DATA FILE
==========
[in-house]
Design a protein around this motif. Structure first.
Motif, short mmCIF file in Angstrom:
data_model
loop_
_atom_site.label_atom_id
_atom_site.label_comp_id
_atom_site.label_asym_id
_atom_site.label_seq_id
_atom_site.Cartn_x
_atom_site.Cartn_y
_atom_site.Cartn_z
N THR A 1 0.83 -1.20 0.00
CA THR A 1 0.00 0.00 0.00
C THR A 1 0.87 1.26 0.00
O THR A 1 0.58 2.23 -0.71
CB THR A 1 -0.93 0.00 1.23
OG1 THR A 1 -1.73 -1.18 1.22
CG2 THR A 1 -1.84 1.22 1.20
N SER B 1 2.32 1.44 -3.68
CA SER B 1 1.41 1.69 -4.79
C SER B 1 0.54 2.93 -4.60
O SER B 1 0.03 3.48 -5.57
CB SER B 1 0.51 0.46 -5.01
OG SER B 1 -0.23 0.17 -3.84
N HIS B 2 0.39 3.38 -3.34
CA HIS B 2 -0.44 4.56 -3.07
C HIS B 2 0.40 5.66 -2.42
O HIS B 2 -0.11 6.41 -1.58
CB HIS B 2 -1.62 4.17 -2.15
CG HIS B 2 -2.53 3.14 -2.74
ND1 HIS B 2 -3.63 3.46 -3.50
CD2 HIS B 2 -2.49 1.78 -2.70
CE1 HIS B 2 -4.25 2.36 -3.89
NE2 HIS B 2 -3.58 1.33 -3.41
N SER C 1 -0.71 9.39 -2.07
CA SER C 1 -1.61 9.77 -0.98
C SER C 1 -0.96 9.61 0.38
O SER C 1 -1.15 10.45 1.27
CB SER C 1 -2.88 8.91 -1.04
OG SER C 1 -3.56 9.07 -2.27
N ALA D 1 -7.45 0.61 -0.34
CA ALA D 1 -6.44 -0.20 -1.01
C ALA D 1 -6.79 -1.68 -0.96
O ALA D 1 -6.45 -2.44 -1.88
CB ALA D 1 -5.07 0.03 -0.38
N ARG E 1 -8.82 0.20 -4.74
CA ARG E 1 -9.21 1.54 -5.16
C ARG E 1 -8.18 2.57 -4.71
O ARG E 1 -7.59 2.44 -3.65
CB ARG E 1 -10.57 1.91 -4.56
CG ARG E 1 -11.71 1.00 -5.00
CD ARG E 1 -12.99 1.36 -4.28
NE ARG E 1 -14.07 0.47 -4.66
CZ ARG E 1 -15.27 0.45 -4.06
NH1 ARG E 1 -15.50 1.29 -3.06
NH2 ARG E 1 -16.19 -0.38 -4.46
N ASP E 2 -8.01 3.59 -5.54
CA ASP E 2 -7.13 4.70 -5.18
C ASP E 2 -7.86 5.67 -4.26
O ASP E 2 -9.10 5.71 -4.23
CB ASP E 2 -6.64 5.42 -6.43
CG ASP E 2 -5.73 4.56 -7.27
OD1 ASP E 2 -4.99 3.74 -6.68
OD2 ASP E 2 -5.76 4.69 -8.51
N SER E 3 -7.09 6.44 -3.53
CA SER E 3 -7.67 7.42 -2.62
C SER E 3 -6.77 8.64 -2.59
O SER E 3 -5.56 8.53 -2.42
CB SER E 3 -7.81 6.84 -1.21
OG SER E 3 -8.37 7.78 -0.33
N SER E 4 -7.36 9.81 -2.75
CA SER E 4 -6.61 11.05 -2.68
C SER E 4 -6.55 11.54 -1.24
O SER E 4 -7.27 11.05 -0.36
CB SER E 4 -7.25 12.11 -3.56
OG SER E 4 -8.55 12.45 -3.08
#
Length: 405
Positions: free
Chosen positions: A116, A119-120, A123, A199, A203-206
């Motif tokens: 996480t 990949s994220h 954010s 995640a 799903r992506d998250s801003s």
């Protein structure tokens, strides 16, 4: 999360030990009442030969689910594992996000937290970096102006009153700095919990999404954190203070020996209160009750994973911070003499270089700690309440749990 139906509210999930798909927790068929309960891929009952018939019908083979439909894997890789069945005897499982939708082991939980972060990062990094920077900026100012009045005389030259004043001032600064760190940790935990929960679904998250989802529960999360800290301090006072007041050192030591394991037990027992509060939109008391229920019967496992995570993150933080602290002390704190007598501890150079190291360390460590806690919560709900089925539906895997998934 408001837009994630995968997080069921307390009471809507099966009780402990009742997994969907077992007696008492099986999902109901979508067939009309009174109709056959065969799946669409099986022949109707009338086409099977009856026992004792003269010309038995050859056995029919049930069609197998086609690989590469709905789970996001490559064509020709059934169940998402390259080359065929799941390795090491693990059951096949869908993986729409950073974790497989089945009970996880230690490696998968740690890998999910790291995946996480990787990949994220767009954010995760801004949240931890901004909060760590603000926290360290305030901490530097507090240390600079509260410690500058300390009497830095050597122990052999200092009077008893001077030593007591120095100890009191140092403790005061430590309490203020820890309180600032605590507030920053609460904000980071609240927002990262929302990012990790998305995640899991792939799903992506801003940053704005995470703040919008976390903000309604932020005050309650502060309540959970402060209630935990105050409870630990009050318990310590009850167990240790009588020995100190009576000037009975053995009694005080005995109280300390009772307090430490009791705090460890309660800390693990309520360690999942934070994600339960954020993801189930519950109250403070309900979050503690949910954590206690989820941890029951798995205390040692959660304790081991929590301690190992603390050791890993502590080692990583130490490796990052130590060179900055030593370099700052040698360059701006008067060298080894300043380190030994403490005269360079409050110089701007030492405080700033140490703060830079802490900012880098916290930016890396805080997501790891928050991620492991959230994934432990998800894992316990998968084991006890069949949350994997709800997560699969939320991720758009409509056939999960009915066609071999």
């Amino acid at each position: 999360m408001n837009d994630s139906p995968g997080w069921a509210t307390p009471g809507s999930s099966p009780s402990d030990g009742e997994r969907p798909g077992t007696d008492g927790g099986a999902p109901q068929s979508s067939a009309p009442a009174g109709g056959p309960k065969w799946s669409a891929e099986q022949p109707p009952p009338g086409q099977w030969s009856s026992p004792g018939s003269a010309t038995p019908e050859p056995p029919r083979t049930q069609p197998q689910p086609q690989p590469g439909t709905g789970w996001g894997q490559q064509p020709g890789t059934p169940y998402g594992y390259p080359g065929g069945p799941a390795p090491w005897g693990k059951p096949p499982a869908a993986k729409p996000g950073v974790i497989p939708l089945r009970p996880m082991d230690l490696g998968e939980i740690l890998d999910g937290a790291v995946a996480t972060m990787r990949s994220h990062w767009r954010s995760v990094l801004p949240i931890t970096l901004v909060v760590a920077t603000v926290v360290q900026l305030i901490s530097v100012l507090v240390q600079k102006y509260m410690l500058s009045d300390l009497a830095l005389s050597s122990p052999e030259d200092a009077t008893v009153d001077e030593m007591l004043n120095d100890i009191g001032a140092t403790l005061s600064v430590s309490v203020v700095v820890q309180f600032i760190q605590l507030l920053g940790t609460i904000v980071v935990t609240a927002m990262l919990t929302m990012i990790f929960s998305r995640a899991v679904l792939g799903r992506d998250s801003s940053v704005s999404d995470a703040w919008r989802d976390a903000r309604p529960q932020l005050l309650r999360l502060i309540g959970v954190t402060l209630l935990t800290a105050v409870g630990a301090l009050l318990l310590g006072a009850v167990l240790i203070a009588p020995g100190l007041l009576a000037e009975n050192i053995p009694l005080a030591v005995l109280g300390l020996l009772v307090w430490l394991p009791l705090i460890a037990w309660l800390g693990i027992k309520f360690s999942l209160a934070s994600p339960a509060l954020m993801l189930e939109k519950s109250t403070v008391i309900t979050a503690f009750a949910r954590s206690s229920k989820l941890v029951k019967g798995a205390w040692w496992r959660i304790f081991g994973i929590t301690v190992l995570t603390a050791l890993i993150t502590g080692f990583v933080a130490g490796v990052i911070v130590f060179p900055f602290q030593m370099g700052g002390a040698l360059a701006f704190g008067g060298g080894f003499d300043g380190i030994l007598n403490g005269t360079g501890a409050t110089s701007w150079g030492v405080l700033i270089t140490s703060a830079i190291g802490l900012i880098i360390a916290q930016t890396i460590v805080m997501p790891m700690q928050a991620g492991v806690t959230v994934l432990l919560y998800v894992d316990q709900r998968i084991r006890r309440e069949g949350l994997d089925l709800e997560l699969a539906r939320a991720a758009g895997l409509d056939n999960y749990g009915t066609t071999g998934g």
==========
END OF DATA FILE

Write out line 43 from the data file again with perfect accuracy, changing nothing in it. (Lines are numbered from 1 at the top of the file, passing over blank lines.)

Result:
CA ALA D 1 -6.44 -0.20 -1.01